The Changing Nature Of Procurement

Stuart Thomson, public affairs consultant, and Dougal Ainsley, solicitor at Bircham Dyson Bell discuss the changing face of the procurement process

It has been reported that Jon Cruddas, the Labour Party Policy Coordinator, wants to bring in revolutionary measures that will “strip companies of government contracts”. But what he really appeared to be considering was a potentially significant but evolutionary change to the way that procurement is undertaken.

The coverage was based on Cruddas’ essay in ‘Blue Labour: Forging a New Politics’. Cruddas’ contribution is largely blue skies thinking rather than detailed policy prescription. It suggests, for instance, that:
“Labour’s politics of the common good requires … no more outsourcing of relational services to those parts of the private sector that are driven purely by corporate profit rather than a social purpose. It is quite staggering that some £10 billion of public contracts – of taxpayers’ money – are allocated to some 20 private companies. Rather, we need to forge cooperative ties with ethical enterprise – such as cooperatives, mutuals, and social businesses.”

The coverage prompted a response from the CBI warning against “damaging rhetoric” and emphasising the contribution of the public services industry to the economy. There is no doubt that many existing relationships prove beneficial to both sides but Cruddas’ comments suggest that a different type of procurement competition could be on the way.

It is a stretch to see his words as leading to the removal of existing contracts from companies. Indeed, Cruddas appears comfortable with outsourcing. To the extent that he is proposing any sort of a change, he seems to want to widen the range of organisations which are involved in the outsourced delivery of public services, and proposing that those organisations (including companies) should pursue social objectives.

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Cruddas’ comments leave plenty of room for speculation but it seems existing contracts would remain in place; from the date of implementation of the policy, contracts only would be awarded to organisations that contribute to social objectives.

To a certain extent, this is what already happens. Businesses are required to meet social purposes in a number of ways. For example, it is a social objective to make new buildings more energy efficient. This is required by law through building regulations. Builders therefore contribute to these objectives, whether or not they are involved in a public contract.

In addition, many firms already have a developed corporate social responsibility programme. That is part of their current offer under the current arrangement.

The proposals are in line with other recent developments in the relationship between public bodies and the companies that they contract to deliver services.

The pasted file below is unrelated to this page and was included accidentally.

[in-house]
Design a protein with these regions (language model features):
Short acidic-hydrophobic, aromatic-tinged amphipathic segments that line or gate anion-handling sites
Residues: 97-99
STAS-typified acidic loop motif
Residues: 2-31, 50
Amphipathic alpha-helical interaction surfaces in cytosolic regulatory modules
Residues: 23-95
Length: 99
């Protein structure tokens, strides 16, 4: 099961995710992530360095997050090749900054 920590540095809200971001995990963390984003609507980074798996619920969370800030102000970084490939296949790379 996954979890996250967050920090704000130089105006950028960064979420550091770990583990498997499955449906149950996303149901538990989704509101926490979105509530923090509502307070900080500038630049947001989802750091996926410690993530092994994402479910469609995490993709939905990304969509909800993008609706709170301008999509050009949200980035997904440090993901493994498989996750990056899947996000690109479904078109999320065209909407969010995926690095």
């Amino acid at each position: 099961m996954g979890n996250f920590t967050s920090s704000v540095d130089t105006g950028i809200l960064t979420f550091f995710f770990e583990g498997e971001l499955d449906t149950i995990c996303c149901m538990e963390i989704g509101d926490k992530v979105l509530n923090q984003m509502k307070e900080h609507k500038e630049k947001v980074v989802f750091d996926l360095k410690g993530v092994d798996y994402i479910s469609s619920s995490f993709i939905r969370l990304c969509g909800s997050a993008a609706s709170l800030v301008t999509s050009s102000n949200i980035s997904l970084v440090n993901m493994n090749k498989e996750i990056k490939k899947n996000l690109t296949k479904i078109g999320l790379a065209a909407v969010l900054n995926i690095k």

For example, the contracts offered for Crossrail were considered a real shift in the way procurements worked. They were heralded as “responsible procurement” by the then Secretary of State for Transport, Justine Greening. The emphasis was ensuring that bidders set out how they would engage with their supply chain, provide opportunities for training and apprenticeships and for small and medium-sized businesses in their own procurement strategies.

Since then we have also seen the passing of the Public Services (Social Value) Act 2012. The Act “requires people who commission, or buy, public services to consider securing added economic, social or environmental benefits for their local area.” The public body designs the contract so the business is bound to deliver the benefits.

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More recently, the Public Contracts Regulations 2015 came into force on 26 February. The have been designed to secure increased quality and value for money for contracting authorities, and seek to do this by making public procurement more accessible to SMEs and voluntary organisations – exactly the kind of organisation more likely to be motivated by social ends that Cruddas has in mind.

So this points to a clear direction of travel where politicians, in essence, want businesses through the procurement process to help deliver social and policy outcomes. Simplistically, it is a quid pro quo for being paid large amounts of taxpayers’ money.

Seen in this light, the proposals can be seen as the latest suggestion in an ongoing process. They are designed to encourage ‘normal’ businesses to up their game on social contribution and for ‘alternative’ businesses to up their game (or be assisted) in bidding for public service contracts against their more commercially adept rivals. If implemented, they could be expected to have a gradual cultural effect, rather than instant and dramatic consequences. They are similar in objective to many recent policy initiatives and legislative changes.

So rather than Cruddas the revolutionary, we are really looking at Cruddas the evolutionary.

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